A professional friend of mine (let’s call him Austin) recently received a surprising email from one of his long time clients. In a matter of two short sentences, the email informed Austin that his services were no longer needed. His client had fired him…via email.
Shocked. Surprised. Bewildered. Upset. The look on Austin’s face told me that he did not expect this to happen. It came right out of left field. Austin’s business was delivered a painful blow to the income statement.
It’s not personal. It’s business.
Many of us are trained to “not take it personally.” We rationalize that there must be something going on in the other’s person’s life that they would make this rash decision, and communicate it in such an “unprofessional way.”
After Austin had calmed down, he called the client to find out what was behind the emailed decision. What was really going on. What Austin found out surprised him even more….
The client told Austin that he did not want to associate with someone who treated his company and his employees so poorly. You see, Austin had become a customer of his client’s company – buying products to support his business operations. This reciprocal relationship (I buy from you, you buy from me) seemed like a great idea at first – a real win/win. But things started to sour as Austin became dissatisfied with the quality and service he was getting from his client’s company. He wasn’t getting his way.
Austin started to give voice to his dissatisfaction in ways that customers usually do: 1) complaining; 2) returning things; 3) paying late or refusing to pay; 4) becoming impatient and sometimes rude.
When we behave poorly as customers
Don’t roll your eyes. We have all behaved poorly as customers at one time or another. We have all mistreated someone who has tried to serve us or work for us. We’ve all had unrealistic expectations and at times we’ve been impossible to please.
We have all acted rudely to employees working for other companies when we are not satisfied with quality or service. We put on the righteous armor of “The Customer is Always Right” and then begin to act like jerks. We throw out everything we have learned about good customer service and let them have it on the telephone. We over-react. We yell at them. We hang up. We hold on to their invoices – after all, he who holds the money has the leverage.
We act like the only things that matter are our experiences and our expectations. How wrong we are.
If you want great customers, you have to be a great customer yourself.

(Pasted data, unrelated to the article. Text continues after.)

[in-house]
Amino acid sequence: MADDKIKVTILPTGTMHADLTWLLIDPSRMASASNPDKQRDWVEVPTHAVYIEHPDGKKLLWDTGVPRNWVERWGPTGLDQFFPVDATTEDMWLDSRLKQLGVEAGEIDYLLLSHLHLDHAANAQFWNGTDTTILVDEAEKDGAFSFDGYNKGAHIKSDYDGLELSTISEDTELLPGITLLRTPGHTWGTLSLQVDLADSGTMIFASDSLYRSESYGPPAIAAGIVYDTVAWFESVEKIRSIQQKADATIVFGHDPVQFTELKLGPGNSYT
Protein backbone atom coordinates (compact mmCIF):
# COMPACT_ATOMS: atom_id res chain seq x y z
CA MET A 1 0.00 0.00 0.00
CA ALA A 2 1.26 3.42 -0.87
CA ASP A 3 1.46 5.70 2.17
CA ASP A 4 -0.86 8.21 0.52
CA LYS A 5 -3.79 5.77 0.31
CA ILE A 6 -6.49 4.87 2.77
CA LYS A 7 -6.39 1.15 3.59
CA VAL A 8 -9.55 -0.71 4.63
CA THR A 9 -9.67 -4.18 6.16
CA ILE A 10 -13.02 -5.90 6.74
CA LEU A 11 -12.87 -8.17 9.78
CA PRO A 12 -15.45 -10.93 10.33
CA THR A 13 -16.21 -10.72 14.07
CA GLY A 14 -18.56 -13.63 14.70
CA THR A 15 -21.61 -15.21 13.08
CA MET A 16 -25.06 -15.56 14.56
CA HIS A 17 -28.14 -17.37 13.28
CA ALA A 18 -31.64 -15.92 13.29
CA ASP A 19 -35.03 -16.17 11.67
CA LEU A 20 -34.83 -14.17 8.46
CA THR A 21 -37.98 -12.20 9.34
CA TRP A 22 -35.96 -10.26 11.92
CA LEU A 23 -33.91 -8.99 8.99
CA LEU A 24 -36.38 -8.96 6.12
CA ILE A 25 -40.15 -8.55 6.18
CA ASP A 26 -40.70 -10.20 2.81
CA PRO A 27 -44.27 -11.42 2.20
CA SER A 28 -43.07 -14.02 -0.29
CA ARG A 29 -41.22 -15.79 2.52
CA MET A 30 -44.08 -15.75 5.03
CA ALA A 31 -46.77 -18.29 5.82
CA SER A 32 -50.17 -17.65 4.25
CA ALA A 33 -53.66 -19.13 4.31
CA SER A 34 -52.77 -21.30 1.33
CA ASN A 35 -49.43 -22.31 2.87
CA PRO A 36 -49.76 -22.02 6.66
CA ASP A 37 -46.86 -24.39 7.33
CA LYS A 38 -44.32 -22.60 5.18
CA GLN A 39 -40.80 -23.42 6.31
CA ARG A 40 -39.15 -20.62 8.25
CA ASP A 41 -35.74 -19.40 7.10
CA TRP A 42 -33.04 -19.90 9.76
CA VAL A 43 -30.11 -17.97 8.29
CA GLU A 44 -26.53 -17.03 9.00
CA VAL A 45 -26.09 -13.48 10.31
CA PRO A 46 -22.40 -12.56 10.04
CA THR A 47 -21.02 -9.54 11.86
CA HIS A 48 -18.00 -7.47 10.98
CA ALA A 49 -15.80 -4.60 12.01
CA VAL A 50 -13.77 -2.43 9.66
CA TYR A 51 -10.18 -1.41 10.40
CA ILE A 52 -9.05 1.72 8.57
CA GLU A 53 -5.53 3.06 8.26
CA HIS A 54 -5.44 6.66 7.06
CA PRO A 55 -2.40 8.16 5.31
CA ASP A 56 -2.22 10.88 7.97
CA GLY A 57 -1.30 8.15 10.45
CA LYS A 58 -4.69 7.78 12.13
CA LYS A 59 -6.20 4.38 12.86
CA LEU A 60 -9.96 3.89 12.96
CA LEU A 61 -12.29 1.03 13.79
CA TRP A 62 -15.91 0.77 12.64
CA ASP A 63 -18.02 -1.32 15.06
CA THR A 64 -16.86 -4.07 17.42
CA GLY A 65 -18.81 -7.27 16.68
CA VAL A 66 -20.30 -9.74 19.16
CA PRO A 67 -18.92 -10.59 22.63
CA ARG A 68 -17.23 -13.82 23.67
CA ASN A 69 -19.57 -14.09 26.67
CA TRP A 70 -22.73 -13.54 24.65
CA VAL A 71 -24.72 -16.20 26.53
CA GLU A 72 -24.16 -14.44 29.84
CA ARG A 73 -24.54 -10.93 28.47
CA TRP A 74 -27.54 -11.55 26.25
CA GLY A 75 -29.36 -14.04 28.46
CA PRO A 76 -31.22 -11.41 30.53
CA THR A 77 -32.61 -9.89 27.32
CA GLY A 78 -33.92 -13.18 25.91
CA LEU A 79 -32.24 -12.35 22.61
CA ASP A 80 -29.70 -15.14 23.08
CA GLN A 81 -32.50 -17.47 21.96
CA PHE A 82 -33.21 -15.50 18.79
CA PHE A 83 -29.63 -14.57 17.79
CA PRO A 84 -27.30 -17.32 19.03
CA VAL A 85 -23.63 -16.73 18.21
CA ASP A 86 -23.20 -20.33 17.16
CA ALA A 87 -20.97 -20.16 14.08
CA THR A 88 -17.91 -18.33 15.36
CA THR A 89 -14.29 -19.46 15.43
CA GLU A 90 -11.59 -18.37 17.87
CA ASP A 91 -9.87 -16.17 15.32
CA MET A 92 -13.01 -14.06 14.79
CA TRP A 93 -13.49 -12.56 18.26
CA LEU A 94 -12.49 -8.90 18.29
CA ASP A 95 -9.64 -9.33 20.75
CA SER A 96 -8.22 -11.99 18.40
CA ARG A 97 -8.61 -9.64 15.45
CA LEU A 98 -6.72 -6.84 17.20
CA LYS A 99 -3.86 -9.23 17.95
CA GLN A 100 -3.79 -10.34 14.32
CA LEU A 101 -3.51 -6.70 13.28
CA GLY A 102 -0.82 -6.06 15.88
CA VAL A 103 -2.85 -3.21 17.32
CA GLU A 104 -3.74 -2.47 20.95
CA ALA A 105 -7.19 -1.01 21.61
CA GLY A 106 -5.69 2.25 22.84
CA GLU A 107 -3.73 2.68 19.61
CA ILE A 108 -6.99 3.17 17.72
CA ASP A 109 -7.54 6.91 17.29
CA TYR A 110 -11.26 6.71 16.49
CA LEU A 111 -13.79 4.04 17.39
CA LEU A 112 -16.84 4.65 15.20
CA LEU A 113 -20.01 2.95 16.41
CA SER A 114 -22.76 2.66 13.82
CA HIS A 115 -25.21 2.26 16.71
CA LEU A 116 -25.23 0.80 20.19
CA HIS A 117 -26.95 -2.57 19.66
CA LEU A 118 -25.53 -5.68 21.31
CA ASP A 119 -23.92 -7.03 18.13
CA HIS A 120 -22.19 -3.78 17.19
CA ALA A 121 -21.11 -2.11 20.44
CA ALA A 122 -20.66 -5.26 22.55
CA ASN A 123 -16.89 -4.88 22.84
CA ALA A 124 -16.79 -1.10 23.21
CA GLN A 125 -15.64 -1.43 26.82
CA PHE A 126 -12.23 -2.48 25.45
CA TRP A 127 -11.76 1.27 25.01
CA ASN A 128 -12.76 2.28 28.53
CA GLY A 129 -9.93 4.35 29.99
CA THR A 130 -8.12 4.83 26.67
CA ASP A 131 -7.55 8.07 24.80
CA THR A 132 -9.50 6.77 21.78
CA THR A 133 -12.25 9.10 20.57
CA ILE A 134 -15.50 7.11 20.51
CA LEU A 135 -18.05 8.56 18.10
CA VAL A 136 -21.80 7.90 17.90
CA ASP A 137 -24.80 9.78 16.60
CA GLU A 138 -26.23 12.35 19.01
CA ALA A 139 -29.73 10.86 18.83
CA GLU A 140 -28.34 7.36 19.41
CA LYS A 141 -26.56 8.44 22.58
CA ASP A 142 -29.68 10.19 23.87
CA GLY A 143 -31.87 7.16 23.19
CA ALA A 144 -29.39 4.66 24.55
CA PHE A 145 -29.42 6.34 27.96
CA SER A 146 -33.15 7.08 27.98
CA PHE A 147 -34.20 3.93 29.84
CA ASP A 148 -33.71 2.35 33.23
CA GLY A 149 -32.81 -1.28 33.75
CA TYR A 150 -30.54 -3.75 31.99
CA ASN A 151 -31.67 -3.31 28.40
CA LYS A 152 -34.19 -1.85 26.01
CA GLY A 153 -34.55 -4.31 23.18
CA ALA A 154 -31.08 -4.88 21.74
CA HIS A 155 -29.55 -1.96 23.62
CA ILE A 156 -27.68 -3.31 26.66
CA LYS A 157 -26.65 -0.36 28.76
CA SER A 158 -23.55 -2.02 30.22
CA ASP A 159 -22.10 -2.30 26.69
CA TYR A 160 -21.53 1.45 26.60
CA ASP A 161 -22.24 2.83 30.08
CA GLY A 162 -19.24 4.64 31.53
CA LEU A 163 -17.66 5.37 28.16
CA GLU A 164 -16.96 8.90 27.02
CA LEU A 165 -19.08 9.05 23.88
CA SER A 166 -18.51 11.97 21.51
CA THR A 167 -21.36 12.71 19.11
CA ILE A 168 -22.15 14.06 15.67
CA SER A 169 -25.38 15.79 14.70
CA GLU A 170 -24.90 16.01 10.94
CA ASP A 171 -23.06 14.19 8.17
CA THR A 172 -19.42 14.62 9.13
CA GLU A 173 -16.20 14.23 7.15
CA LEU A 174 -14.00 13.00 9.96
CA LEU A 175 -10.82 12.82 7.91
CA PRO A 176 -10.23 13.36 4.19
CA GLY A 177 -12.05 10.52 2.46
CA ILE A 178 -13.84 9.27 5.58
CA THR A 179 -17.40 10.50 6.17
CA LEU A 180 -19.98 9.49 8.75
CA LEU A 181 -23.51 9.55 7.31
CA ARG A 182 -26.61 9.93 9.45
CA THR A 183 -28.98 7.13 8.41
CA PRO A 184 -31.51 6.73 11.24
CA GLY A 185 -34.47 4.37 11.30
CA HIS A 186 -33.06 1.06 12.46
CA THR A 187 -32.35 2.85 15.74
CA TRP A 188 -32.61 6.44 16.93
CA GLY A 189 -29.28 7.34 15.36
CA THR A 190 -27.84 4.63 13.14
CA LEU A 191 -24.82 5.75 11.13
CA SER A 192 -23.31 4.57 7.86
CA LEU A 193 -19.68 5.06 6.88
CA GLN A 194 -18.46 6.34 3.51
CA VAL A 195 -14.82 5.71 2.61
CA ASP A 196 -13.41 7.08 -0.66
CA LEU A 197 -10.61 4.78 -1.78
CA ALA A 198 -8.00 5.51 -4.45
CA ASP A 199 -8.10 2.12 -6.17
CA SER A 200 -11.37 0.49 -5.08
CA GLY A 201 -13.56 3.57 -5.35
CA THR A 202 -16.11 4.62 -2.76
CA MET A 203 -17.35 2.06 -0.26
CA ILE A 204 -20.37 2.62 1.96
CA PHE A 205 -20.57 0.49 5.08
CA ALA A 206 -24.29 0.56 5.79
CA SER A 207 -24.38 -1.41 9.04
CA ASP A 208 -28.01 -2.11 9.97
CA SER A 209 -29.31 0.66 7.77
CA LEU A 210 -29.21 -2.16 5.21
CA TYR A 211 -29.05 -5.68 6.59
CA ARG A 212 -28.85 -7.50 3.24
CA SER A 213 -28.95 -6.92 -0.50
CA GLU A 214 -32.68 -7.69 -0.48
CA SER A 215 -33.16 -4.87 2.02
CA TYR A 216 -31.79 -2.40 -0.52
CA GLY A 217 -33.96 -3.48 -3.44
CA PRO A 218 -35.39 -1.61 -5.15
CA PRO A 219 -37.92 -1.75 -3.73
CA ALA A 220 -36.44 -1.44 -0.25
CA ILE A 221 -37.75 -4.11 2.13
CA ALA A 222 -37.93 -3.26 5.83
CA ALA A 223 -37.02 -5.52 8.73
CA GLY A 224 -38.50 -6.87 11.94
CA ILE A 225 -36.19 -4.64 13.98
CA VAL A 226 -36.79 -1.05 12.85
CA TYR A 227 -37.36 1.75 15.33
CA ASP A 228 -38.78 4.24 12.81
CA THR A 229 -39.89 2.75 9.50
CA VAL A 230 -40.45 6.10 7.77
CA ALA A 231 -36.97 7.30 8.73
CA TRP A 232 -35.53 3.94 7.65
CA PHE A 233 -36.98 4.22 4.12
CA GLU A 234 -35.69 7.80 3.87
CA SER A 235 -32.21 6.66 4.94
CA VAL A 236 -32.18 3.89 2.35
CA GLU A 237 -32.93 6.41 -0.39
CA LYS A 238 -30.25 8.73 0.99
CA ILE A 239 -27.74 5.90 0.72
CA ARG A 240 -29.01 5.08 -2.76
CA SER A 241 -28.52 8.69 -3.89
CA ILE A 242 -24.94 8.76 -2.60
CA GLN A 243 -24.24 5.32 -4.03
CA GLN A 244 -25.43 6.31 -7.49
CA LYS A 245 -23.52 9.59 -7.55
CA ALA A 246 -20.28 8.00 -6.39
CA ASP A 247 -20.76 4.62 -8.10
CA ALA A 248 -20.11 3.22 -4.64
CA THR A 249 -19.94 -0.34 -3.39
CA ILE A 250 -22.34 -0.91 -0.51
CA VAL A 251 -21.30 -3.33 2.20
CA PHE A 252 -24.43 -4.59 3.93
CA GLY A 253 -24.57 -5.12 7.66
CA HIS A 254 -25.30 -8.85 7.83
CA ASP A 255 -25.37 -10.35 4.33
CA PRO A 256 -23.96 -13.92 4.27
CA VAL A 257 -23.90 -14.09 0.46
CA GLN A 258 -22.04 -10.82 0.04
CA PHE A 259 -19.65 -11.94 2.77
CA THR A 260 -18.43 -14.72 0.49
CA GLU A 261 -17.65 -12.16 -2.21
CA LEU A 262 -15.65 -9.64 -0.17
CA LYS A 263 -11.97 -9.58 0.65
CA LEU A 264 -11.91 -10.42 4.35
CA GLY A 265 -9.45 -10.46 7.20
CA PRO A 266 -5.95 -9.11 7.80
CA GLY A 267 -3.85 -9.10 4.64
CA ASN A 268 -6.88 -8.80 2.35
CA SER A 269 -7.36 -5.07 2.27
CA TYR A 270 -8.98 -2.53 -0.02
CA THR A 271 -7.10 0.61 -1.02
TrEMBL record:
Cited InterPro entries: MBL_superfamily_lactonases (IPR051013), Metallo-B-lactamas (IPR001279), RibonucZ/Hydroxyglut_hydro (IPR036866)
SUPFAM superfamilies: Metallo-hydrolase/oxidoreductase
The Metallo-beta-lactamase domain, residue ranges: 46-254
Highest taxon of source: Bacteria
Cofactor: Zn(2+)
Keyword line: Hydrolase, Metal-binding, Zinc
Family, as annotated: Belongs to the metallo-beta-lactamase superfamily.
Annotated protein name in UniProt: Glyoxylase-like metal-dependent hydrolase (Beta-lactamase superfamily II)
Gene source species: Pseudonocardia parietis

Austin’s experience is a reminder to me that our behavior and our attitude matter in all situations, not just when we are serving our clients. We can’t expect to attract or retain ideal clients if we don’t know how (or aren’t willing) to behave like an ideal client ourselves.
- If you want to be paid on time, then pay your vendors on time.
- If you want to be respected for your work, then respect others for their work (yes, even those whose occupations pay less than yours).
- If you want to have a great boss, then be a great boss.
- If you want to be appreciated by your clients, then show appreciation to the people who work for you.
- If you want to earn a good salary and realize good profits, then pay others a fair price and deserving wage in return for their services. Be wary of the impulse to bargain so hard that they can’t make any profit. You could be on the other side of the table some day soon.
- If you want to be forgiven for your mistakes and shortcomings, be forgiving of others.
- If you want to be appreciated by your customers, then show your appreciation to those who work for you. Tip generously, give bonuses, offer praise, recommend their services. Do the little things that make people feel great, even when you are the customer/client.
“Take a look at yourself and make that… CHANGE!”
– Michael Jackson, lyrics from the song, Man in the Mirror
I’m starting with the man in the mirror
If you want to make a fundamental shift in how your customers treat you, you have take a good, long look at yourself in the mirror. In the words of the late, great Michael Jackson, “I’m starting with the man in the mirror. I’m asking him to change his ways.”
If you want to make the world a better place; your business a better business; your life a better life; your relationship a better relationship, your customer a better customer, then make that change!
Be the kind of customer that you would be proud to have in your business!
Sing along with this music video featuring the full lyrics from this upbeat pop song from Michael Jackson, The Man in the Mirror. Video created by jennifer95828 – a big FAN of Michael Jackson. Her video has over 25 million views as of this date.